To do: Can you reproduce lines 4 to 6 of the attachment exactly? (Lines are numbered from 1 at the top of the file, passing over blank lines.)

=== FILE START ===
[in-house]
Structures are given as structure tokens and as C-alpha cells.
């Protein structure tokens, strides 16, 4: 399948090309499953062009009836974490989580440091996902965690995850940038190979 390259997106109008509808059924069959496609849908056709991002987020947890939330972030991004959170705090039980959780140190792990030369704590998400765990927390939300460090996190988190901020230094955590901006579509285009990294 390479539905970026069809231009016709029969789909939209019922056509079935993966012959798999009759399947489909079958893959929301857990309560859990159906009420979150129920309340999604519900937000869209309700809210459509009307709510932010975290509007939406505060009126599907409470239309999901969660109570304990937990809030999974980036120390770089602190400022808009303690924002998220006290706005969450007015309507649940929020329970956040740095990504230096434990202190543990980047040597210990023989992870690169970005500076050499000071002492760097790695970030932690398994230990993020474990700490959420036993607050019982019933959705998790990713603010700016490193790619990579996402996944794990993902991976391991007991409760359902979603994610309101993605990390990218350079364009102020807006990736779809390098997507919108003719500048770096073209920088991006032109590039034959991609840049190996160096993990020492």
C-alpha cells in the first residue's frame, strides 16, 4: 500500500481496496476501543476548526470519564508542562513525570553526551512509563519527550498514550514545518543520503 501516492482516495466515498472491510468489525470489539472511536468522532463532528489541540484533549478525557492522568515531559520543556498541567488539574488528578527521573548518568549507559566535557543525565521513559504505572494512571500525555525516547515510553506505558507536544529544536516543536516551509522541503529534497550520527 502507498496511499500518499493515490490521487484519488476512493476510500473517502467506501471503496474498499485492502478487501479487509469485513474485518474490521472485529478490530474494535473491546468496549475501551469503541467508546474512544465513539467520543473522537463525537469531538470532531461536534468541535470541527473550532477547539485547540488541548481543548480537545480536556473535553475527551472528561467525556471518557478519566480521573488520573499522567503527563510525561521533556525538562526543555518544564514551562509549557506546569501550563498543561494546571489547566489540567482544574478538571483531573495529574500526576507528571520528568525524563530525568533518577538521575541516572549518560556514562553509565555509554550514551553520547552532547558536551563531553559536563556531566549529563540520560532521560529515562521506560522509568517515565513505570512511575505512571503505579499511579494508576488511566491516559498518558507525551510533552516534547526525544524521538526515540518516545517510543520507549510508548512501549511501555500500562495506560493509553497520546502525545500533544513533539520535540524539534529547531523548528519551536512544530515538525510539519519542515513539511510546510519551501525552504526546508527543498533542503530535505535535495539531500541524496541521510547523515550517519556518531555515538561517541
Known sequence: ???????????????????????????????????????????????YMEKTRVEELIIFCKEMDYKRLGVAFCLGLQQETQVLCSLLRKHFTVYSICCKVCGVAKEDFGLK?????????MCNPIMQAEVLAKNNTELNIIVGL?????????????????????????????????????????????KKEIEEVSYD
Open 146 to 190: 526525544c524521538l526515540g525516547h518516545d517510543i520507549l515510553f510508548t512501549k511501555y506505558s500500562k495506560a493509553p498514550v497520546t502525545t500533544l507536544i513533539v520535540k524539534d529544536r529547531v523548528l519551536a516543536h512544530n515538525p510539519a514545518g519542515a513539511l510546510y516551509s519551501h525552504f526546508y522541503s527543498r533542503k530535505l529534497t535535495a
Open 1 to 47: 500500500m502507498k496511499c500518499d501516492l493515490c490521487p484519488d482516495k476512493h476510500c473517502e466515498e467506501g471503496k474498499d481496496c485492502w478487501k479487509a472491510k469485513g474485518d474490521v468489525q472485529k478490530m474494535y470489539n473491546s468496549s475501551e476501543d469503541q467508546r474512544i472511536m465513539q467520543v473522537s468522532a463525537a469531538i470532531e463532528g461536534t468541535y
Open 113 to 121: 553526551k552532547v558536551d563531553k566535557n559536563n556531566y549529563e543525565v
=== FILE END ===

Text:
C-alpha cells in the first residue's frame, strides 16, 4: 500500500481496496476501543476548526470519564508542562513525570553526551512509563519527550498514550514545518543520503 501516492482516495466515498472491510468489525470489539472511536468522532463532528489541540484533549478525557492522568515531559520543556498541567488539574488528578527521573548518568549507559566535557543525565521513559504505572494512571500525555525516547515510553506505558507536544529544536516543536516551509522541503529534497550520527 502507498496511499500518499493515490490521487484519488476512493476510500473517502467506501471503496474498499485492502478487501479487509469485513474485518474490521472485529478490530474494535473491546468496549475501551469503541467508546474512544465513539467520543473522537463525537469531538470532531461536534468541535470541527473550532477547539485547540488541548481543548480537545480536556473535553475527551472528561467525556471518557478519566480521573488520573499522567503527563510525561521533556525538562526543555518544564514551562509549557506546569501550563498543561494546571489547566489540567482544574478538571483531573495529574500526576507528571520528568525524563530525568533518577538521575541516572549518560556514562553509565555509554550514551553520547552532547558536551563531553559536563556531566549529563540520560532521560529515562521506560522509568517515565513505570512511575505512571503505579499511579494508576488511566491516559498518558507525551510533552516534547526525544524521538526515540518516545517510543520507549510508548512501549511501555500500562495506560493509553497520546502525545500533544513533539520535540524539534529547531523548528519551536512544530515538525510539519519542515513539511510546510519551501525552504526546508527543498533542503530535505535535495539531500541524496541521510547523515550517519556518531555515538561517541
Known sequence: ???????????????????????????????????????????????YMEKTRVEELIIFCKEMDYKRLGVAFCLGLQQETQVLCSLLRKHFTVYSICCKVCGVAKEDFGLK?????????MCNPIMQAEVLAKNNTELNIIVGL?????????????????????????????????????????????KKEIEEVSYD
Open 146 to 190: 526525544c524521538l526515540g525516547h518516545d517510543i520507549l515510553f510508548t512501549k511501555y506505558s500500562k495506560a493509553p498514550v497520546t502525545t500533544l507536544i513533539v520535540k524539534d529544536r529547531v523548528l519551536a516543536h512544530n515538525p510539519a514545518g519542515a513539511l510546510y516551509s519551501h525552504f526546508y522541503s527543498r533542503k530535505l529534497t535535495a